Take it a step further. After someone’s piece, write a comment. It doesn’t need to be profound and it doesn’t need to be long. Maybe just write a couple of sentences telling the author how much you liked their piece and how or why it resonated with you.

Twitter is intimidating! But you can read a couple of pieces and comment on them. You don’t need to do it right now, but you can do this in the next five days.

Tip to get started

Here are a few educators who always seem to find the best pieces out there:

Ben Gilpin @benjamingilpin

Star Sackstein @mssackstein

Todd Nesloney @TechNinjaTodd

Kyle Hamstra @KyleHamstra

Look them up on Twitter and simply click on a piece that interests you.

A New Way of Thinking

So there you have it.

Stop with the right now!

Ease up on yourself and teach those around you to do the same.

And just remember you can do this

In the Next Five Days!

*If you would like to have my next article and my latest podcast episode delivered to your in box just click HERE. And as an extra bonus, when you sign up for my newsletter you will receive A Teacher’s Blueprint To The Best Week Ever. This is a free, 40 page pdf designed to help you have an awesome week. It’s not what you think, trust me.


What I Learned From Sherlock

I remember eagerly awaiting the return of “Sherlock” last year. As usual, it didn’t disappoint. I watch very little television, but this is one show that captured my interest from the very first episode. Sherlock’s brilliance and ability to solve mysteries always amazes me. But it was a scene in which his sidekick, Watson, rebukes him for not knowing that the Earth rotates around the Sun, that is easily my favorite.

Sherlock: Ordinary people fill their heads with all kinds of rubbish. And that makes it hard to get at the stuff that matters. Do you see?
Watson: But it’s the solar system!
Sherlock: Oh H$%! What does that matter?! So we go around the sun. If we went around the Moon…or round and round the garden like a teddy bear it wouldn’t make any difference! All that matters to me is the work! Without that my brain rots.

While I realize that this is simply a scene from a fictional character, I think we can learn much from Sherlock’s tirade. Yes, what Watson says is true. And the fact that someone as brilliant as Sherlock was unaware of this basic astronomy is surprising.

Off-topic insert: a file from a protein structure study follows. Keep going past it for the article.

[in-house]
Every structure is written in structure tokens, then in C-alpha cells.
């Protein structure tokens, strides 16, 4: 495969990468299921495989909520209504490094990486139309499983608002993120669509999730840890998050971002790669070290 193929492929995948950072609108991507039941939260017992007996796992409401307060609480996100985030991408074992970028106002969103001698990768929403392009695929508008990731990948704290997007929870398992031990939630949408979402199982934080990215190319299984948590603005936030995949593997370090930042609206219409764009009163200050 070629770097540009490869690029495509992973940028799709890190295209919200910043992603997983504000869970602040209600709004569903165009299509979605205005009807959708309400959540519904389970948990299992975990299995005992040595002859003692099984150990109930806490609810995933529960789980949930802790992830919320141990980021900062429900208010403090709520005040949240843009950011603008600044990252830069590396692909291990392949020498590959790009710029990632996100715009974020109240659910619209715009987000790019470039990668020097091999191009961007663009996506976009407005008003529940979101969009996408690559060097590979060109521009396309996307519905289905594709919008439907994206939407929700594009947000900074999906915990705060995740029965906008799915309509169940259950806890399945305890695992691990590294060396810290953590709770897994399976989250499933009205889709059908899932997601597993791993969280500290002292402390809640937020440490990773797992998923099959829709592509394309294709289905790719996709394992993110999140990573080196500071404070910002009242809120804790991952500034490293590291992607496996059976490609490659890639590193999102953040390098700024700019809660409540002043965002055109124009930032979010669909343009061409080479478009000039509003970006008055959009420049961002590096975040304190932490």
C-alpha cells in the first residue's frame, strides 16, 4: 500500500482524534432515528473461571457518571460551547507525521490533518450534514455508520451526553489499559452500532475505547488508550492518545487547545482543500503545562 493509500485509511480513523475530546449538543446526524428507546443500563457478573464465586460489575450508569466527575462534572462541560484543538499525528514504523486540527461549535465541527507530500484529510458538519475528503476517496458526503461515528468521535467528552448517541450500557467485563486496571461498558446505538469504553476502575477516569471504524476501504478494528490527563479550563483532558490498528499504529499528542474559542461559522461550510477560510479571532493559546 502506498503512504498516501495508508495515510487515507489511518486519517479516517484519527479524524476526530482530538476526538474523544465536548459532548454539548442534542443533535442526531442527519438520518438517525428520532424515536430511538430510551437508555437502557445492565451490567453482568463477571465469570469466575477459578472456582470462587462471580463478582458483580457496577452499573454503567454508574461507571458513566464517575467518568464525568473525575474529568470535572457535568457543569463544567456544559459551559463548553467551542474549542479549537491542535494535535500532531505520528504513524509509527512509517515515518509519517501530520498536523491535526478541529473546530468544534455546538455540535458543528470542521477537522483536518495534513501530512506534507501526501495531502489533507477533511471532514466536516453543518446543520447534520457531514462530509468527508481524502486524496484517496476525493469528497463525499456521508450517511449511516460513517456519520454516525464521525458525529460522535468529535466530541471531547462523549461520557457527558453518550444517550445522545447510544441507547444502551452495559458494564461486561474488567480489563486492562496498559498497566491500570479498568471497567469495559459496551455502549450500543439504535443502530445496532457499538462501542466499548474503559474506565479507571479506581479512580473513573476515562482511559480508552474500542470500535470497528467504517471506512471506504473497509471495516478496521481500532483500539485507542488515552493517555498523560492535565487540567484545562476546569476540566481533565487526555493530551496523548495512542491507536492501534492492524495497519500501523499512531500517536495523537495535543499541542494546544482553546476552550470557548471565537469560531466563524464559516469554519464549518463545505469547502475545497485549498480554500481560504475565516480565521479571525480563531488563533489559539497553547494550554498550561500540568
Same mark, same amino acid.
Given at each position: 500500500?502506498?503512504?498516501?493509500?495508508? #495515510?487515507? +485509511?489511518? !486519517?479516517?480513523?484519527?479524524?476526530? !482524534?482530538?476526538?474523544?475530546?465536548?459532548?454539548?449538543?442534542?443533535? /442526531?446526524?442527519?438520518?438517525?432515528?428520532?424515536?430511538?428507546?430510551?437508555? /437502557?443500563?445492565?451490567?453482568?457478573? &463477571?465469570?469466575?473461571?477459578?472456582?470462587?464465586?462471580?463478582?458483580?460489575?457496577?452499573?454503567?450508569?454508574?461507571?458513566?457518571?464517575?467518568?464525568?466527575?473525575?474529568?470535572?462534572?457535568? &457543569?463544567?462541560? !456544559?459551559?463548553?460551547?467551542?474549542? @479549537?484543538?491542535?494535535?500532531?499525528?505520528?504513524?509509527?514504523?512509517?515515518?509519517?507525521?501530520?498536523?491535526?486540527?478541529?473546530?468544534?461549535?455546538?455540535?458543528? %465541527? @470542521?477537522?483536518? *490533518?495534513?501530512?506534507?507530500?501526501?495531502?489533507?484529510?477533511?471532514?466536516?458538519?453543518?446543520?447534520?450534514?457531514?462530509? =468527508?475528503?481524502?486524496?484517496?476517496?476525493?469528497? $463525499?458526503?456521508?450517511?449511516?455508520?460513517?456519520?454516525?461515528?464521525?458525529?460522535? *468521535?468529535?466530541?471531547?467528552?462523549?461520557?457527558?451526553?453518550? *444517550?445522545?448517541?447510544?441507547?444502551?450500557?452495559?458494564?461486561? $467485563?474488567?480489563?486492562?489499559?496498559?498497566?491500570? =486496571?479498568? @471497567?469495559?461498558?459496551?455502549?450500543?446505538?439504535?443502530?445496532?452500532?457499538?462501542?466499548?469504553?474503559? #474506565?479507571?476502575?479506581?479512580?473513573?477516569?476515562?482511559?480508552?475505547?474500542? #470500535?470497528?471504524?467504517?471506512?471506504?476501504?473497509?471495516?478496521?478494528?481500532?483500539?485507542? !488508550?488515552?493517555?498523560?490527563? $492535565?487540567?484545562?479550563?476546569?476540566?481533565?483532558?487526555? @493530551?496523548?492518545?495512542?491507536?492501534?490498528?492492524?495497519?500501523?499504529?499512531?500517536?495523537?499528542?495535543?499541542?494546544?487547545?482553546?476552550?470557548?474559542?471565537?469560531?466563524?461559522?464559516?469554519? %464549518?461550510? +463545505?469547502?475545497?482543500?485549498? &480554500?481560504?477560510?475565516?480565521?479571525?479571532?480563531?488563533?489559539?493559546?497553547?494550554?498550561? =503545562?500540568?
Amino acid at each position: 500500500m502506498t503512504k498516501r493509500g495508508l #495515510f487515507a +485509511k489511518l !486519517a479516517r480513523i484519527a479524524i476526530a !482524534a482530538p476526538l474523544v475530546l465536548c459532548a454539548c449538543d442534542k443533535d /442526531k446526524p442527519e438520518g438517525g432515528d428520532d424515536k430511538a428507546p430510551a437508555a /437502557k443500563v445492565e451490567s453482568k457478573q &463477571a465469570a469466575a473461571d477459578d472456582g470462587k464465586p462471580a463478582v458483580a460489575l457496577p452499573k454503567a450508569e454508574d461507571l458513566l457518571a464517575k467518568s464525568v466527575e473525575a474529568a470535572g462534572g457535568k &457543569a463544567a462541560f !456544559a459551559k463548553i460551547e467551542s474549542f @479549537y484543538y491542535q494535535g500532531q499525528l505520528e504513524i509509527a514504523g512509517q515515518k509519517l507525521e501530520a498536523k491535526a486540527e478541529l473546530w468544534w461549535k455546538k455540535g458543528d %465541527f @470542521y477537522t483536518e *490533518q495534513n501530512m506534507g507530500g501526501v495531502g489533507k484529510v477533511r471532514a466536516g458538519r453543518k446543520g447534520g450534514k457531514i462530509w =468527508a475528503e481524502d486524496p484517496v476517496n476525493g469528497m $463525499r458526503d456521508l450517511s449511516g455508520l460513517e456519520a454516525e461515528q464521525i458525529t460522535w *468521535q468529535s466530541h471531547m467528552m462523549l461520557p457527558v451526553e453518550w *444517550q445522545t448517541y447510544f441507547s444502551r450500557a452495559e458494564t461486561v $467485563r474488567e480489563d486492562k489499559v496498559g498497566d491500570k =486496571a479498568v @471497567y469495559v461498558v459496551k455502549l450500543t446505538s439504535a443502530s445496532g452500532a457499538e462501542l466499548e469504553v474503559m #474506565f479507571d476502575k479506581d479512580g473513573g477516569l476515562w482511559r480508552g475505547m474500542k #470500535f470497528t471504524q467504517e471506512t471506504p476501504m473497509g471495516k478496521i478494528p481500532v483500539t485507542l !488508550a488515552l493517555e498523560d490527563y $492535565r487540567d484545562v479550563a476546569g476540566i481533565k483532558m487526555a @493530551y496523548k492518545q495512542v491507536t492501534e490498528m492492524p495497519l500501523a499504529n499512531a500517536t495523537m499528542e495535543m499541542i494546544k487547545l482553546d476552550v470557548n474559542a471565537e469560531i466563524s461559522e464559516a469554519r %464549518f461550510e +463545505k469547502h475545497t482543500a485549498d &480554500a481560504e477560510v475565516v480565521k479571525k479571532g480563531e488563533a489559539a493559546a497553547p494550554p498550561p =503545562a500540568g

But let’s step back for a moment. What if we, like Sherlock, didn’t know that the Earth rotated around the Sun. Would it matter? Really?

I am not lobbying for the elimination of a rudimentary knowledge of the world in which we live. On the other hand, I do believe that we are taxing our children’s brains by requiring them to memorize a lot of stuff. Stuff that shows up on multiple choice tests and quizzes and then is never needed again. But it takes up space and as Sherlock mentioned above, causes brains to rot.

How much time do we allow for students to create, explore, fail, experiment and daydream? Because this is where the magic happens. But if their brains are exhausted from memorizing, storing and regurgitating, how much do they have left? Very little I imagine.

So what can we do about this? I believe there are three things we can start tomorrow.

Eliminate Memorizing

It’s not that we shouldn’t expect our students to store stuff in their brain. We just need to go about it differently. Information should enter and latch onto the brain through assimilation. comparison and application. The days of cramming dates and formulas and lists and rules into our students’ brains need to be gone. Instead, let them enter the brain on their own. When they are ready. When they are needed. If they are needed.

Allow For Periods of Nothing

While I have no research to back this up, I believe that our students are exposed to more external stimulation than ever before. The ability to multitask is seen as a strength by many. We make checklists and have calendars so that a moment does not go unused. The problem is that this leaves no time for the brain to rest. And be clear. Once again, I realize that Sherlock is a fictional character. But if you have ever watched him in action, you know that he does his best thinking when everyone is still and quiet. Let’s try to carve out some of this for our students. For ourselves.

Assign Thought-Worthy Tasks

Once we have succeeded in creating the time and the space for our students to create and problem solve, then we must give them tools and tasks that allow them to use the newfound brain space. Simply having them fill in a worksheet or color in some bubbles is not acceptable. Doing this would be like handing a child a pack of 64 crayons and a Post It note. The odds are they would only use one or two of the crayons. We want to provide them the opportunity to use the whole pack. And maybe even the sharpener on the back! They need a sheet of poster paper and room to spread out.

Let’s make it our mission to see that our students’ brains are used for what they were designed to do. Create and design and experiment and…

Grown-ups love figures…When you tell them you’ve made a new friend they never ask you any questions about essential matters. They never say to you “What does his voice sound like? What games does he love best? Does he collect butterflies?” Instead they demand “How old is he? How much does he weigh? How much money does his father make? “Only from these figures do they think they have learned anything about him.”

Antoine de Saint-Exupery, The Little Prince


*If you would like to have my next article and my latest podcast episode delivered to your in box just click HERE. And as an extra bonus, when you sign up for my newsletter you will receive A Teacher’s Blueprint To The Best Week Ever. This is a free, 40 page pdf designed to help you have an awesome week. It’s not what you think, trust me.